Are You Using robots.txt?

Retro RobotWhat is it? robots.txt is a file that restricts bots from accessing specific pages of a site. Google’s bots, and those of other search engines, will look for a robots.txt file before they attempt to access a page. If they don’t find one, they crawl away. If they do, they typically respect the request to skip it. Remember, that is what this file is: a request. It is important that your robots.txt file be properly formatted so search engines can read your intent accurately.

Why use it? Webmasters use robots.txt when they want to exclude certain pages from Google’s searches. Why would they want to do this? You might, for instance, want to protect sensitive information that is online or, more commonly, you might have duplicate content (for instance, product information that appears on more than one page) that you do not want indexed.

What else do I need to know?

Just because you use robots.txt does not mean someone cannot find your pages. It means that Google won’t craw or index that content. The search engine may still index specific URLs if they can be found on other pages. This means that this information and other data, such as anchor text, may appear in search results. Google advises using a noindex metatag or x-robots-tag to prevent this from happening.

How do you implement Robots.txt? Unfortunately, Google’s robots.txt generating tool is no more. You can still create these files manually or with other tools. To DIY:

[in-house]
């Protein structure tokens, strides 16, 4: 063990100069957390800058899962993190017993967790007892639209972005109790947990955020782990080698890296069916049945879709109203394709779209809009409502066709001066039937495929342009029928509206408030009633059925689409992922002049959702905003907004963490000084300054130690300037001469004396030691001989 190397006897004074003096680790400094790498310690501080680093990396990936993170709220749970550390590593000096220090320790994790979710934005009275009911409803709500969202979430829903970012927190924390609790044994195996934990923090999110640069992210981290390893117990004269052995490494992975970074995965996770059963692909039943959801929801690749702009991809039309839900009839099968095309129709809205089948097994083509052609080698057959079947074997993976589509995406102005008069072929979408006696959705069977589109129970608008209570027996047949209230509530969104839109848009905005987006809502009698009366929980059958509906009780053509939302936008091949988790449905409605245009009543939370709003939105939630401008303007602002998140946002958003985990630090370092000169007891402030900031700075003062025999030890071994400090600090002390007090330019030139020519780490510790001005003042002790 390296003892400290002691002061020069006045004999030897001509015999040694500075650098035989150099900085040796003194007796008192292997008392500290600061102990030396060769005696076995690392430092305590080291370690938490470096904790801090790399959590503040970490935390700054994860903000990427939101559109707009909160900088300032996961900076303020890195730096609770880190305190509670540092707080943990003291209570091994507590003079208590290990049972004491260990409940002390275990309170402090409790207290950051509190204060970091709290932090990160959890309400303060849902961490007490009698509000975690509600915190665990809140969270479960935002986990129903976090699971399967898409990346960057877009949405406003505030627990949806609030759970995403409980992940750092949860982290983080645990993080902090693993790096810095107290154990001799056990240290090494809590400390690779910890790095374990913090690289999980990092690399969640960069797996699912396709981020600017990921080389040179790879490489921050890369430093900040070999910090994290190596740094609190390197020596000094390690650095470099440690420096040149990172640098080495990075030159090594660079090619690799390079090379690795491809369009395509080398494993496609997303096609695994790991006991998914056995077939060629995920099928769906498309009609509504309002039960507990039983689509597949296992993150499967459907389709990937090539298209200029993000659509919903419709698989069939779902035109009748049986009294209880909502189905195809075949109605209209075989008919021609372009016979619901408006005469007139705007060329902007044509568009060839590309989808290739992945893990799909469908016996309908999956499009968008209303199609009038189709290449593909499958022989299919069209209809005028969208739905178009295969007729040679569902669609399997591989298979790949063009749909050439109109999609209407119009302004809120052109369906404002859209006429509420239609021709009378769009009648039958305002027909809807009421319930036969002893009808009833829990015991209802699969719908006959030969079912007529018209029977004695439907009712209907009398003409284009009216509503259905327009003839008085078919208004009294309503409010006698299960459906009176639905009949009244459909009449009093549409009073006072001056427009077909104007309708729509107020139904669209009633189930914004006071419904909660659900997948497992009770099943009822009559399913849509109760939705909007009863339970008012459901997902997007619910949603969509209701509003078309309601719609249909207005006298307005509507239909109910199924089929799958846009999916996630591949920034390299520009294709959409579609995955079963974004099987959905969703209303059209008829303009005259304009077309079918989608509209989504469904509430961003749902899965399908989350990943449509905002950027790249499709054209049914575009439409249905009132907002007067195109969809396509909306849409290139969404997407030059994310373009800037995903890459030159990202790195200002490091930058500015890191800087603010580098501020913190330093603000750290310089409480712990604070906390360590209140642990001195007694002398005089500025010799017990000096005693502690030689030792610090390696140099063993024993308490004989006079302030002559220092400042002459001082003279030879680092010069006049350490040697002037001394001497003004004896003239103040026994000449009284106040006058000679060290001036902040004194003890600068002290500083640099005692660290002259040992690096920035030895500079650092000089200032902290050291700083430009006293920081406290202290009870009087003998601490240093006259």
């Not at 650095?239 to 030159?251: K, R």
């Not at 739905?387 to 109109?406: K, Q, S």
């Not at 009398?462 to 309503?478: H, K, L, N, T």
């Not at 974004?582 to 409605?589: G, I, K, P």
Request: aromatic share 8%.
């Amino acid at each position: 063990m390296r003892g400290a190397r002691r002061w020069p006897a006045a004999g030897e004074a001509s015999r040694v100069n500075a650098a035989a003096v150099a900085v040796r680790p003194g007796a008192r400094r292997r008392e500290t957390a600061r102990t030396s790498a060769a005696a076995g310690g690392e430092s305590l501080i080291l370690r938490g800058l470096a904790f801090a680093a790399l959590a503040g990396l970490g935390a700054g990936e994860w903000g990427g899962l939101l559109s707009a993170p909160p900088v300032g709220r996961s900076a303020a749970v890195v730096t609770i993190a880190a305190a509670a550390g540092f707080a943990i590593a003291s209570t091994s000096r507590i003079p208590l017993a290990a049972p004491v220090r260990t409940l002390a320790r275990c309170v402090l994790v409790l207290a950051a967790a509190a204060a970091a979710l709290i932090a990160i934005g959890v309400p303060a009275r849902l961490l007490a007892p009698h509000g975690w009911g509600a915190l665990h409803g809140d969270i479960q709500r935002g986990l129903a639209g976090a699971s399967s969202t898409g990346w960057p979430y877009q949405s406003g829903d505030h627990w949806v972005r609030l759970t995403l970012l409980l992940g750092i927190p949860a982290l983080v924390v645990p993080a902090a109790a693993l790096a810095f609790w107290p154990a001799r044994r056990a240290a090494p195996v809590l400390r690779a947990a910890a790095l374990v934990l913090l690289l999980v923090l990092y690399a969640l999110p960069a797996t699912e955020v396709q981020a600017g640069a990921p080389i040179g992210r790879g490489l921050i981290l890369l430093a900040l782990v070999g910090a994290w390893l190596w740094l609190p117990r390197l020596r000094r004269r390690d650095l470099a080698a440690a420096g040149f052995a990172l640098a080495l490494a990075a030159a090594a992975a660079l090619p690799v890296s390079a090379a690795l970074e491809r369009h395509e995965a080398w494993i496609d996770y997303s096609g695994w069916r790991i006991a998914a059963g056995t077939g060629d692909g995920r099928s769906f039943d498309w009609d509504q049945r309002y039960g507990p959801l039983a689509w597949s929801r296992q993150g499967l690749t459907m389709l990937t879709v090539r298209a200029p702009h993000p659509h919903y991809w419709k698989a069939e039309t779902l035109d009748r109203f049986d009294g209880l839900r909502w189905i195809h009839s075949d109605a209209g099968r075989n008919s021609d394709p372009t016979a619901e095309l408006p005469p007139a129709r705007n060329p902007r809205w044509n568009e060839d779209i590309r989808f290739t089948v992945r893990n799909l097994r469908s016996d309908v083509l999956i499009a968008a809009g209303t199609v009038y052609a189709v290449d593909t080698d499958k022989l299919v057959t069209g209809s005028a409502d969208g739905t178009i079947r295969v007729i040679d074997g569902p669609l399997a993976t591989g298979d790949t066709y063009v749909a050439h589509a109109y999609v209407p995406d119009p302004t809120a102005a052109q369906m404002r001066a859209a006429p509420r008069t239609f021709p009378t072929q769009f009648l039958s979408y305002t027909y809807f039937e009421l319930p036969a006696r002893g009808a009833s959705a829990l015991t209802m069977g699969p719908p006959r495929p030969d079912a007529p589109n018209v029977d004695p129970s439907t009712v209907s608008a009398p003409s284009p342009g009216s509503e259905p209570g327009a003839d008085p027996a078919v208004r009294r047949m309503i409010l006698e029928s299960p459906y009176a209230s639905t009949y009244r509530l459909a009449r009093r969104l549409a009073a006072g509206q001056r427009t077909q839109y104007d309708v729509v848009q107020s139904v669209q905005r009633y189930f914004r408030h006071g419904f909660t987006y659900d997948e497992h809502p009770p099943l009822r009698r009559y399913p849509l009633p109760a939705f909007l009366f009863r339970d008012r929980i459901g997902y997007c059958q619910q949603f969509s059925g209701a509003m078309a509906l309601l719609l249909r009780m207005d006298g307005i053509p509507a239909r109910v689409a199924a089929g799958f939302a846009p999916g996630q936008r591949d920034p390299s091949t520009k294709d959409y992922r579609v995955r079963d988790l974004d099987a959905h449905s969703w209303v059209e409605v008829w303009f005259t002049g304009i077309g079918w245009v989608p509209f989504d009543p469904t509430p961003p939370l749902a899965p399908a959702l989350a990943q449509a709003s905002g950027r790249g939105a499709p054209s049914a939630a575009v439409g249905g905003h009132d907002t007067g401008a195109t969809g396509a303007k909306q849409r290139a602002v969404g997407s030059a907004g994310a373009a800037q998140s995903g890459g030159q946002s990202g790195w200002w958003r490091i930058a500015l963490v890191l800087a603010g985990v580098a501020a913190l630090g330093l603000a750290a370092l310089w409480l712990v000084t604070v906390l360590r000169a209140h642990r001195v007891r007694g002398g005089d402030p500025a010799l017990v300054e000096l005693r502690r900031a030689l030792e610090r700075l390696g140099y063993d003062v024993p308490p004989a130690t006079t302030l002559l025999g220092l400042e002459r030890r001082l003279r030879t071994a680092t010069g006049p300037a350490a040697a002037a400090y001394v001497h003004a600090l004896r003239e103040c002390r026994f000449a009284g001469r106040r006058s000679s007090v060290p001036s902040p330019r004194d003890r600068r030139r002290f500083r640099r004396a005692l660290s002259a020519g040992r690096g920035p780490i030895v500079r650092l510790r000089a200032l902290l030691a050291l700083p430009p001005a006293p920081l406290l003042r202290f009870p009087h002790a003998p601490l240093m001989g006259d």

• Create a plain text (NotePad) file entitled “robots.txt”.  When bots look for the robots.txt file in a URL, they look at the path component and replace it with robots.txt. So, if our domain www.seois great.com, the file would be placed as: www.seoisgreat.com/robots.txt.
  • In the file are two instructions:

User-agent:

Disallow:

  • User-agent indicates whether you want to give the same instructions for all bots. If you do want to, for instance, tell Google, Yahoo, Bing, etc., the same thing, you write: User-agent: *

If you want to specify the bots, you would write:  User-agent: Bingbots

This indicates that the request to ignore these pages are being made to Bing’s bots.

  • Disallow tells the bots which folders you would like them to ignore. For instance:  Disallow: /folder1

You can also choose to block entire sites,  images, directories, folders, and other pages or elements. If, for instance, you want to block your entire site from being indexed (which you probably don’t want to do!), you’d indicate:  Disallow: /

When you’ve created your robots.txt files, test them to ensure they are working properly. You can find a host of helpful tools online to help you.

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